AWS introduced Lambda Layers at re:invent 2018 as a way to share code and data between functions within and across different accounts. It’s a useful tool and something many AWS customers have been asking for. However, since we already have numerous ways of sharing code, including package managers such as NPM, when should we use Layers instead?
In this post, we will look at how Lambda Layers works, the problem it solves, and the new challenges it introduces. And we will finish off with some recommendations on AWS Lambda use cases in which to use it.
In this article
If you have logged into the Lambda console recently, you might have noticed this “Layers” section just under the function name.
You can add up to five layers. The console will list layers in the current region of your AWS account, which are compatible with the function’s runtime.
Alternatively, you can enter the ARN for the layer directly. This ARN can point to layers in a different AWS account (but has to be in the same region). This allows you to use layers published by third-party vendors.
The content of the layer would be unzipped to the /opt directory in the Lambda runtime. For example, if you are using the Serverless framework to publish layers, then the content of the maxmind folder (see below) would be mapped to the /opt directory.
You would then be able to load the MaxMind database file as follows.
When a new version of the layer is published, you would need to deploy an update to the Lambda functions and explicitly reference the new version.
Although they have some fantastic uses (more on this later), Lambda Layers also introduces new tooling challenges and requires additional security considerations.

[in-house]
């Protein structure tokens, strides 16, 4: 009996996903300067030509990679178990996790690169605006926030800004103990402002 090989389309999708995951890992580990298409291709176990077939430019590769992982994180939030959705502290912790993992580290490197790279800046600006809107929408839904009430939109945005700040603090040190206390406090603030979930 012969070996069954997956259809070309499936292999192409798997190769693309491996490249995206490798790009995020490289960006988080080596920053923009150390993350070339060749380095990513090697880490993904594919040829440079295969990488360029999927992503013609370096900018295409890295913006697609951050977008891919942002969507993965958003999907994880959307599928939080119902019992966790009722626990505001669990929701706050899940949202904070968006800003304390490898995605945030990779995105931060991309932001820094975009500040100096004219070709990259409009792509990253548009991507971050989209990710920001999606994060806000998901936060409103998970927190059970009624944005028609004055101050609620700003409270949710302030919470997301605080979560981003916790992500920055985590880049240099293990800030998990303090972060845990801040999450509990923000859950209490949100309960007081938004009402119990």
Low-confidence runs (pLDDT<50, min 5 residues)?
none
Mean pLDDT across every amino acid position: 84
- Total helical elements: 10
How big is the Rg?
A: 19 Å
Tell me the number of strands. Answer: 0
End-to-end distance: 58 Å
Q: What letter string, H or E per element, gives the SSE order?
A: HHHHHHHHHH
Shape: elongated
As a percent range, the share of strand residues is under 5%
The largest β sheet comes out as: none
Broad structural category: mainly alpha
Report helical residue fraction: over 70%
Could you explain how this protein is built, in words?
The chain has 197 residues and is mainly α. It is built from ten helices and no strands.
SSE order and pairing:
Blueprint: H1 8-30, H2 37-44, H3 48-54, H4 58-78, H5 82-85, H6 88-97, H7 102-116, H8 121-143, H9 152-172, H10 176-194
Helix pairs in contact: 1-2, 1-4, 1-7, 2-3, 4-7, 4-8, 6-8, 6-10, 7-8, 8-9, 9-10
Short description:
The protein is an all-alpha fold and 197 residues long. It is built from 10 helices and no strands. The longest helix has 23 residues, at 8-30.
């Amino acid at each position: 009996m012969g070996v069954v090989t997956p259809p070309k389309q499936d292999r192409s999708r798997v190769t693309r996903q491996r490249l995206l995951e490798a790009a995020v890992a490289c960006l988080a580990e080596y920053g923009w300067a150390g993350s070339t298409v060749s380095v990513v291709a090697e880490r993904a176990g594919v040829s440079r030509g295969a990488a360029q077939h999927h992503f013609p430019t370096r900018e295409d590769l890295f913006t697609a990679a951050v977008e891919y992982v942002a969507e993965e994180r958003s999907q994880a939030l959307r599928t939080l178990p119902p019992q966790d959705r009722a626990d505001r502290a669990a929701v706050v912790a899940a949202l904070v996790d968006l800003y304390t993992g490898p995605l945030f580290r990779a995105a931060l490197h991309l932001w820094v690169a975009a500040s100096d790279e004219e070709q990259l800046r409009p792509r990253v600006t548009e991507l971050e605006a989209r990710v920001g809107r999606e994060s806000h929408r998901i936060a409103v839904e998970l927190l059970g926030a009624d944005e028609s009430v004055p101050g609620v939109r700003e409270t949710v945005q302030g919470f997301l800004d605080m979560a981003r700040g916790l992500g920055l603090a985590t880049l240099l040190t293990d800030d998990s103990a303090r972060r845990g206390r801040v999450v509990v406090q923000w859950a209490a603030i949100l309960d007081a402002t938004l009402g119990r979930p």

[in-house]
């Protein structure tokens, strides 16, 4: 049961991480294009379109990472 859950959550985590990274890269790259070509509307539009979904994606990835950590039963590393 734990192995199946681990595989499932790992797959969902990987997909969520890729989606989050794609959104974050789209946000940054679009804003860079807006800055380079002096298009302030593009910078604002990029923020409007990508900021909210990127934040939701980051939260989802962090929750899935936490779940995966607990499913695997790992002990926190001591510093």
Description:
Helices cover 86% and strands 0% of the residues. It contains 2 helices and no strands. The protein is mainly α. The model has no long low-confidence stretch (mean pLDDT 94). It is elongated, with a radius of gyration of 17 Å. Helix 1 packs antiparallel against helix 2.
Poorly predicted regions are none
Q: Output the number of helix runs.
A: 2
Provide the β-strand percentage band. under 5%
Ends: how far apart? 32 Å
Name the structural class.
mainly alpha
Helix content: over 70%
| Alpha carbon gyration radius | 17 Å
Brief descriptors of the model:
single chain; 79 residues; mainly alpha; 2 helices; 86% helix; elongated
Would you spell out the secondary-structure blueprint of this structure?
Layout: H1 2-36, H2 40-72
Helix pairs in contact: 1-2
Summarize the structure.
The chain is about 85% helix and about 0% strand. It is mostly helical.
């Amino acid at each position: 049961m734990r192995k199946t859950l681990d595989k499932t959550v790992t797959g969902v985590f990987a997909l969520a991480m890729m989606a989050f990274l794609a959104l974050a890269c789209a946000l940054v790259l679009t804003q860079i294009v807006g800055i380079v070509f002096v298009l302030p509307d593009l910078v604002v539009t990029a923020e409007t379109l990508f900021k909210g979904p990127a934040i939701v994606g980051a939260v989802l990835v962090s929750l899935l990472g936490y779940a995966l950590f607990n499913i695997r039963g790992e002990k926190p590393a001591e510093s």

Having dependencies that only exist in the execution environment makes it harder to execute functions locally. Your tools need to know how to fetch relevant layers from AWS and include them in the build process before executing the functions locally. At the time of writing, AWS SAM is the only framework that supports layers when invoking functions locally. Before invoking a function, the SAM CLI would fetch the layers and cache them. The content of the layers would then be available in the container SAM uses to invoke the function with.
You need to mimic SAM’s behaviour when testing your functions with unit tests and integration tests. As part of the set up for these tests, you can use the AWS CLI or AWS SDK to download the layers in question. But this adds a lot of complexity to our tests.
Alternatively, you can mock or stub the layers during these tests. But that’s not the same as actually executing your handler code with the layers. When we write our handler code, we make assumptions about the behaviour of code we depend on via layers. The same assumptions are used to create the mocks and stubs. The tests therefore cannot tell us if our assumptions are wrong! They become a self-fulfilling prophecy.
For static languages such as C# and Java, the compiler needs to have all the dependencies at hand before it’s able to compile the DLL or JAR respectively. This means you have to have the layers locally to be able to compile your project.
While it’s possible to load additional DLLs or JARs at runtime, you lose the static guarantees and intellisense support when you do this. This practice is also not idiomatic to these languages and not how developers would like to work.
When a layer is deleted, functions that were deployed with the layer would continue to work. However, you would no longer be able to update this function. This is the case even if the layer is still available, but the specific version you depend on is not.
Imagine you are in a situation where you need to apply a hotfix to a function in production. How infuriating would it be if you were stopped in your tracks because of something completely unrelated to the hotfix itself… I know, I have been there many times before! This is especially likely when dealing with systems that haven’t been updated for a while.